Full-tilt can suggest excess, but it can also suggest aliveness. That latter quality infused the 1920s. Women experimented not only with higher hemlines but sex, speakeasies, and politics. Though activities like dating and petting emerged at different times depending on class and race, in the 1920s young middle-class White women engaged in more petting and premarital sex. And that had a politics, too: in the 1920s, Margaret Sanger worked to secure women’s reproductive rights, opening the country’s first birth control clinic and founding the American Birth Control League focused less on the young women experimenting with sex and more on poor women desperate to control their family size.
That focus on sex and culture suggested that the women of the 1920s, so eager to consume all the world had to offer, had lost interest in politics. There was reason to think so: it was decades before activists coined the phrase “the personal is political,” and women daring to dance in jazz clubs or drive cars were seldom thought of in political terms. And the older forms of women’s activism had seemed to disappear.
Suffragist marches appeared to be a thing of the past after the ratification of the 19th Amendment, which secured the right to vote for some women (most Indigenous women and Black women in the South still could not vote). Afterward, White suffrage organizations folded as some activists turned their attention to the Equal Rights Amendment, while Black women continued the fight for the ballot.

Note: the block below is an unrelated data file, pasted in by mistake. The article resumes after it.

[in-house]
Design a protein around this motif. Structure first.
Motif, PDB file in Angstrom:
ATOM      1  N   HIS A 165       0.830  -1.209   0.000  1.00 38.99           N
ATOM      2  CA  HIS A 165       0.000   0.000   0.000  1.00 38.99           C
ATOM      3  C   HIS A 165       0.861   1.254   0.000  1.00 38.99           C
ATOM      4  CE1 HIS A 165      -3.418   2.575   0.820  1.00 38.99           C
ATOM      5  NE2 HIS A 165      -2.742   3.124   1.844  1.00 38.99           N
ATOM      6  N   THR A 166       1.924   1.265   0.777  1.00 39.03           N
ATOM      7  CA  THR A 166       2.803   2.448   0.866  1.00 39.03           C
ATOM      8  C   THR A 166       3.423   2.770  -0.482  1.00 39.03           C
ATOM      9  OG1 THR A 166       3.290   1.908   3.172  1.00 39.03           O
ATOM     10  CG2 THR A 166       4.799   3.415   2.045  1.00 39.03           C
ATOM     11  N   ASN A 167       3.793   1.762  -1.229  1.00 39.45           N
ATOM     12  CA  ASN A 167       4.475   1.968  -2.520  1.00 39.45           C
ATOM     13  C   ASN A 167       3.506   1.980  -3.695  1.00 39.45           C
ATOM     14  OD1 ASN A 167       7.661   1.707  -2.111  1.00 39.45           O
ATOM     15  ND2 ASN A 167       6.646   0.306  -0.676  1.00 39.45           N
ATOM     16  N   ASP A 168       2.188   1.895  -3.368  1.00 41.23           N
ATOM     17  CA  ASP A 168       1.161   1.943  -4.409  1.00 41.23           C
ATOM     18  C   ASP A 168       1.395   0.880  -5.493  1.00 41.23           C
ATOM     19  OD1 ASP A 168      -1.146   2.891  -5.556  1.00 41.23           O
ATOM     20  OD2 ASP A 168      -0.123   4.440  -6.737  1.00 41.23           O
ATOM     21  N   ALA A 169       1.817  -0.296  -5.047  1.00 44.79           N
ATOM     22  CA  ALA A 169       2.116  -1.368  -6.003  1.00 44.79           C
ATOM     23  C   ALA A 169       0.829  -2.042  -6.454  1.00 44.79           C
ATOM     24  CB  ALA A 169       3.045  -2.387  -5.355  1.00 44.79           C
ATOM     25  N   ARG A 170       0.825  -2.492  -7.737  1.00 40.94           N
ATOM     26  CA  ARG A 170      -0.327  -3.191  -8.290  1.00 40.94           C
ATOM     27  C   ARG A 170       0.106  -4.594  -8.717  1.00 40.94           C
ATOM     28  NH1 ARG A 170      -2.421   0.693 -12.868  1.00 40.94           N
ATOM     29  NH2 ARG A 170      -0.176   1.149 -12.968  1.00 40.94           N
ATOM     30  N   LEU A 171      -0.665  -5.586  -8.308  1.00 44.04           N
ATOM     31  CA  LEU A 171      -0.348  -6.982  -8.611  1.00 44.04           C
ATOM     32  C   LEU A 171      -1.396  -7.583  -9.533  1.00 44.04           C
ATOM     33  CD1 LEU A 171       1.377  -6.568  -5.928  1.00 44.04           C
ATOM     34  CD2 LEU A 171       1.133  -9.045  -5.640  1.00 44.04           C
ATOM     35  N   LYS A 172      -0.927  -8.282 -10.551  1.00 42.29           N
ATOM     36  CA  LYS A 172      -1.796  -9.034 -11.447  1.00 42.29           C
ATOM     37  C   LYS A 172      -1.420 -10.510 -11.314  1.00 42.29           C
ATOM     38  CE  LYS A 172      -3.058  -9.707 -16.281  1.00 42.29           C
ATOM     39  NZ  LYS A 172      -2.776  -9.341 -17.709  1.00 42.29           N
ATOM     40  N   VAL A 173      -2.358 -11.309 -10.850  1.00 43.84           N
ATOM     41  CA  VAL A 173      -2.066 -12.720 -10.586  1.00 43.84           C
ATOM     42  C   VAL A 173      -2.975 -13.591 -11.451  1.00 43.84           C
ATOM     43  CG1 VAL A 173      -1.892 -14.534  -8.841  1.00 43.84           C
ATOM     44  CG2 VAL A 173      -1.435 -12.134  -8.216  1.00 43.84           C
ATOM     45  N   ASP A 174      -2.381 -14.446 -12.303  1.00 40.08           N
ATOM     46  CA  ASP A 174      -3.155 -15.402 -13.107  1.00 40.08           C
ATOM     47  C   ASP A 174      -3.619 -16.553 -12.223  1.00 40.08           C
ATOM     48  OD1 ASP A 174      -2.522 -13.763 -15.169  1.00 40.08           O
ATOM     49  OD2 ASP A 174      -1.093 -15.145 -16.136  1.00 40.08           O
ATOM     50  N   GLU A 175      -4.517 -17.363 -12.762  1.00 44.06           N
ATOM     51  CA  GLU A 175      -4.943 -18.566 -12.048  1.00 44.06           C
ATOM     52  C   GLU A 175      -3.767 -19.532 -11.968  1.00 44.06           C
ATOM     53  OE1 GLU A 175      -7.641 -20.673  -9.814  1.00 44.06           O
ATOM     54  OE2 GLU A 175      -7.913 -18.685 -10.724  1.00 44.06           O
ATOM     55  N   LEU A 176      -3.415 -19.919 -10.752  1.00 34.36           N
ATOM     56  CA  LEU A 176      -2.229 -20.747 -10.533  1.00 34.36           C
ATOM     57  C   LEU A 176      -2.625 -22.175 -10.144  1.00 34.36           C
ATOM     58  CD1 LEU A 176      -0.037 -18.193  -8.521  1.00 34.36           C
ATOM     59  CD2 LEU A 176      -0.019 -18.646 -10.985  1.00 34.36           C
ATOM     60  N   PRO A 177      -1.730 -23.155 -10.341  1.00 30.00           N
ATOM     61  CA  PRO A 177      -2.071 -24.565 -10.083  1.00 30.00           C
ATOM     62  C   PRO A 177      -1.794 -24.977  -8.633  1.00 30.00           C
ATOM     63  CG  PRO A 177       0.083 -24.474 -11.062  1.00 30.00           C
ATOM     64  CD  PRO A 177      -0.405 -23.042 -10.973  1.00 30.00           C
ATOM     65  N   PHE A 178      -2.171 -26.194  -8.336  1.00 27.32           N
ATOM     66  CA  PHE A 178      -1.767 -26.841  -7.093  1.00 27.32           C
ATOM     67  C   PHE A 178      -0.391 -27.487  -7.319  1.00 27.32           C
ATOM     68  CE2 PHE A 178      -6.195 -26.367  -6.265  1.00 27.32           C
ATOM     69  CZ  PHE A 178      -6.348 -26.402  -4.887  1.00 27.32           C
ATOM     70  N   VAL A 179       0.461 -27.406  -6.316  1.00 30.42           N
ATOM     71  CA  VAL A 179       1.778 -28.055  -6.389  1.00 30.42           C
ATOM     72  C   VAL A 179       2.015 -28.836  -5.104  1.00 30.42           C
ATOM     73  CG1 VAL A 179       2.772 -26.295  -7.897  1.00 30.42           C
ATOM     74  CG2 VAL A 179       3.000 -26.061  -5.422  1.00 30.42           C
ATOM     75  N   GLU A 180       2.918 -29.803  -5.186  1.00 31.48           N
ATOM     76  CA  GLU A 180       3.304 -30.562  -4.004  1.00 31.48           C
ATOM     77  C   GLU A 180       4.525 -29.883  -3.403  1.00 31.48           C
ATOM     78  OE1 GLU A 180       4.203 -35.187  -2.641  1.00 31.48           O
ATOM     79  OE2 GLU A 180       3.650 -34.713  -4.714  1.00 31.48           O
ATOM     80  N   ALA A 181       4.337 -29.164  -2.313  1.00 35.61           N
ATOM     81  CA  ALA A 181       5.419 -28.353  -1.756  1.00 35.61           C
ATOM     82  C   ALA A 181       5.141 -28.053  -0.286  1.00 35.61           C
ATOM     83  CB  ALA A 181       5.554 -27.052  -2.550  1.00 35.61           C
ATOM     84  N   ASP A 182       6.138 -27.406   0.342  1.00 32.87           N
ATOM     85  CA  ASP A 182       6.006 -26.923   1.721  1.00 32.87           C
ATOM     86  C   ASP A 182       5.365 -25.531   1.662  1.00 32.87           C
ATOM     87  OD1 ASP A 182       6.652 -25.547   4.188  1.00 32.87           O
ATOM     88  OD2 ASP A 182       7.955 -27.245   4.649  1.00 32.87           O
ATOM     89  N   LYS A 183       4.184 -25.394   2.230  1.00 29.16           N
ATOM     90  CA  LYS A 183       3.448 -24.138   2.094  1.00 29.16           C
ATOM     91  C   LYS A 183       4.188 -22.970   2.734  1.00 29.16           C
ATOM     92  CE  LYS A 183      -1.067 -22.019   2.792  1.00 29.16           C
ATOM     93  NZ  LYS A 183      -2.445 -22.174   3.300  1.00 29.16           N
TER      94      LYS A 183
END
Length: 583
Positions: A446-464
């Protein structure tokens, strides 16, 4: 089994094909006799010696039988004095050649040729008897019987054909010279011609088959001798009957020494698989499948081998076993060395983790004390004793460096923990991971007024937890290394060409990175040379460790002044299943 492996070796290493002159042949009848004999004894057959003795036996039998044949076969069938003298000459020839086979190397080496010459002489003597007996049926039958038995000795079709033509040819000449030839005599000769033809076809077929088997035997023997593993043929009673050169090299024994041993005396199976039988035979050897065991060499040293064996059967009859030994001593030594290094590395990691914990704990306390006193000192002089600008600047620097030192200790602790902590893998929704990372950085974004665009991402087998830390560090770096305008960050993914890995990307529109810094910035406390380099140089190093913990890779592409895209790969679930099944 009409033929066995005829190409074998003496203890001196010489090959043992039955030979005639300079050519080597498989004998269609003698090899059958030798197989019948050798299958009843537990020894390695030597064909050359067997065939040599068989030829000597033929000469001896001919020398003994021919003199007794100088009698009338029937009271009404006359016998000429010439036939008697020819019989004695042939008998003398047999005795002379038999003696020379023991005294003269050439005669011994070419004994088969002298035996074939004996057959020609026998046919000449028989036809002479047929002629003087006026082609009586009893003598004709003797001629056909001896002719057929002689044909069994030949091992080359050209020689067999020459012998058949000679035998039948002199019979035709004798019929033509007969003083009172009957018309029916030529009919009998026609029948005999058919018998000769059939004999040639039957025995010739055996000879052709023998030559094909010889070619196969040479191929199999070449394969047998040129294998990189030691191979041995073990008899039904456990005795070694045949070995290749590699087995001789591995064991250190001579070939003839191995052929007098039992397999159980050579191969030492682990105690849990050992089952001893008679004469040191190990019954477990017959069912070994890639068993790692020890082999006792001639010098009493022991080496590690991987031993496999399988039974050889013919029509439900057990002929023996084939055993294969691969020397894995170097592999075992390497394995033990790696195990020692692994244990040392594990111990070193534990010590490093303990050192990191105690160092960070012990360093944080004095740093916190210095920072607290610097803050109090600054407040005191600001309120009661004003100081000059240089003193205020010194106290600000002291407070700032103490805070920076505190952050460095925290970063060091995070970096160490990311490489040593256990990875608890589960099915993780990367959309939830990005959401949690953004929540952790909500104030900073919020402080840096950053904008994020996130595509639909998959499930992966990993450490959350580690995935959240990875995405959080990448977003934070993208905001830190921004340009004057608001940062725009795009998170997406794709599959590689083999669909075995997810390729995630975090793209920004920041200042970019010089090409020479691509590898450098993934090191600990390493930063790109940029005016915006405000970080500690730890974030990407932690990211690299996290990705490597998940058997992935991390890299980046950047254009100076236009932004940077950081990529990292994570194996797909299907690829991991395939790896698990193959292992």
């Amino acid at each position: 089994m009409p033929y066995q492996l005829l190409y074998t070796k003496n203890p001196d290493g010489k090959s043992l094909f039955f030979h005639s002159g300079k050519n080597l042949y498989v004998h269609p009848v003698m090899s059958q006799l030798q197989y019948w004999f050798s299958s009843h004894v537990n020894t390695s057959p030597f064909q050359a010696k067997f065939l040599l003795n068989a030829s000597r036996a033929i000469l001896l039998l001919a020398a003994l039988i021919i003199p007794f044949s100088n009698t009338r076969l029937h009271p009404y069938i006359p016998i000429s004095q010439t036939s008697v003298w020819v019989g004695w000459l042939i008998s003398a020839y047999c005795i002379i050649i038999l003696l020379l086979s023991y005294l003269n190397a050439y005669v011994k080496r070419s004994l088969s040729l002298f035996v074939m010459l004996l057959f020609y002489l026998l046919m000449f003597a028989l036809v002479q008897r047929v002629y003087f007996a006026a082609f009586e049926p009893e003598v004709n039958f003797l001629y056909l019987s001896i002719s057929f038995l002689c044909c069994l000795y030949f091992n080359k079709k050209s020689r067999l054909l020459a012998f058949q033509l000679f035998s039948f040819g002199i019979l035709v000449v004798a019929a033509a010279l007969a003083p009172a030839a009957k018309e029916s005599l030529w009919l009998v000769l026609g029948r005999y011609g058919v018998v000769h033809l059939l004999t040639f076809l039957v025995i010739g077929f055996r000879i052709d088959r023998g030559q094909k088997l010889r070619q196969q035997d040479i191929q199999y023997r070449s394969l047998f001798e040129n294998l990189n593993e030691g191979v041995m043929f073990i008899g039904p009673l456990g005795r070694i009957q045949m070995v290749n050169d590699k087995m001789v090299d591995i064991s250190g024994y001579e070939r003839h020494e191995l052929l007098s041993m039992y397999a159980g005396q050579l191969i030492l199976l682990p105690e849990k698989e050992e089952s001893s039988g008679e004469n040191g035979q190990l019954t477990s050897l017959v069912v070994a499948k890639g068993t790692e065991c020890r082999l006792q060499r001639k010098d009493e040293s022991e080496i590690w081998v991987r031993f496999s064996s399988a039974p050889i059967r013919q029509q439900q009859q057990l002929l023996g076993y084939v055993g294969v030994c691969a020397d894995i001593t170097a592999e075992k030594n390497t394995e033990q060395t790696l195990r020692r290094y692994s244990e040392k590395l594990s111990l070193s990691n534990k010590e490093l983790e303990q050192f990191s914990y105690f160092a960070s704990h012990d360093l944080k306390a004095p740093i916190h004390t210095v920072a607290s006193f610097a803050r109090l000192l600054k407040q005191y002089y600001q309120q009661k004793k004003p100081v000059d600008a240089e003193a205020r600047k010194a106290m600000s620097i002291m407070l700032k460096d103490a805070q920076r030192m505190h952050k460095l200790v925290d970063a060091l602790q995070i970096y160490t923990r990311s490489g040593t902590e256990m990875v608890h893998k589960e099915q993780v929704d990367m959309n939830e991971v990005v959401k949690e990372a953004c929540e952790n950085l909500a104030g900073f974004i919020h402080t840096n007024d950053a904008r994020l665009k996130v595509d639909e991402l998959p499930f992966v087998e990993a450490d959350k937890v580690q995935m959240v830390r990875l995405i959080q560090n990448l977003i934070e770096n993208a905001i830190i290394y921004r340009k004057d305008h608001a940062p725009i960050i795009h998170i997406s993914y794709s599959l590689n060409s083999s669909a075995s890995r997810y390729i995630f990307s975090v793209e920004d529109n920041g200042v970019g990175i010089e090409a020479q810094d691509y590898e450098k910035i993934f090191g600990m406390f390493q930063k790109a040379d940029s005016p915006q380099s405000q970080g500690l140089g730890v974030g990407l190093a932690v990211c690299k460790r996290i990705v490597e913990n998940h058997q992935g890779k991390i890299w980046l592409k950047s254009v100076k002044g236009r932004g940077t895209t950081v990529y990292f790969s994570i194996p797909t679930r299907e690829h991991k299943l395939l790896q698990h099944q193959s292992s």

Black women also sought outlets of their own in the Harlem Renaissance, which captured the vibrancy, and struggles, of Black city life, newly infused with hundreds of thousands of Black southerners who migrated North during the war. Northern cities hummed with the new energy, with Black soldiers returned from Europe and new clubs and salons in brownstones all around Harlem. But if jazz and poetry were the heart of the Harlem renaissance, anti-lynching movements and Black nationalism were its spine, political movements that flourished not alongside those artforms, but through them.

What the first Roaring ’20s can teach us about this one

That fusion of culture and politics is precisely what we should have our eyes open for in the years following the pandemic’s end, particularly if we want to put our newfound energies toward something constructive and progressive. There is a kind of demand for life already shuddering through society, expressed perhaps most clearly in the racial justice protests of last summer. But it will also be there in the block parties and album releases and travel sprees and book launches in the coming years, an insistence on being heard and seen that will sprout up in sprays of glittery tulle and in raucous TikTok trends as well as protest marches as grassroots organizing.
To combat both a politics of exclusion and an economics of inequality, we will have to find ways to fold those into the cultural vibrancy of the coming decade. Unlike Americans in the 1920s, we have an administration that, so far, has proven willing to intervene in ways that help those who need it most. But easing inequality in the US will take much more than a massive relief bill. It will require systemic change, from a higher minimum wage and higher corporate tax rates to revitalized unions and reinvigorated voting rights. But it will also require a kinetic sense of connection and community to attract the energy of a post-shutdown world.
There is such a hunger for joy and community and a sense of being fully alive; if we can feed that both with sequins and serious political change, then the 2020s might be a decade of growing opportunity and equality, rather than an era of excess barreling toward collapse.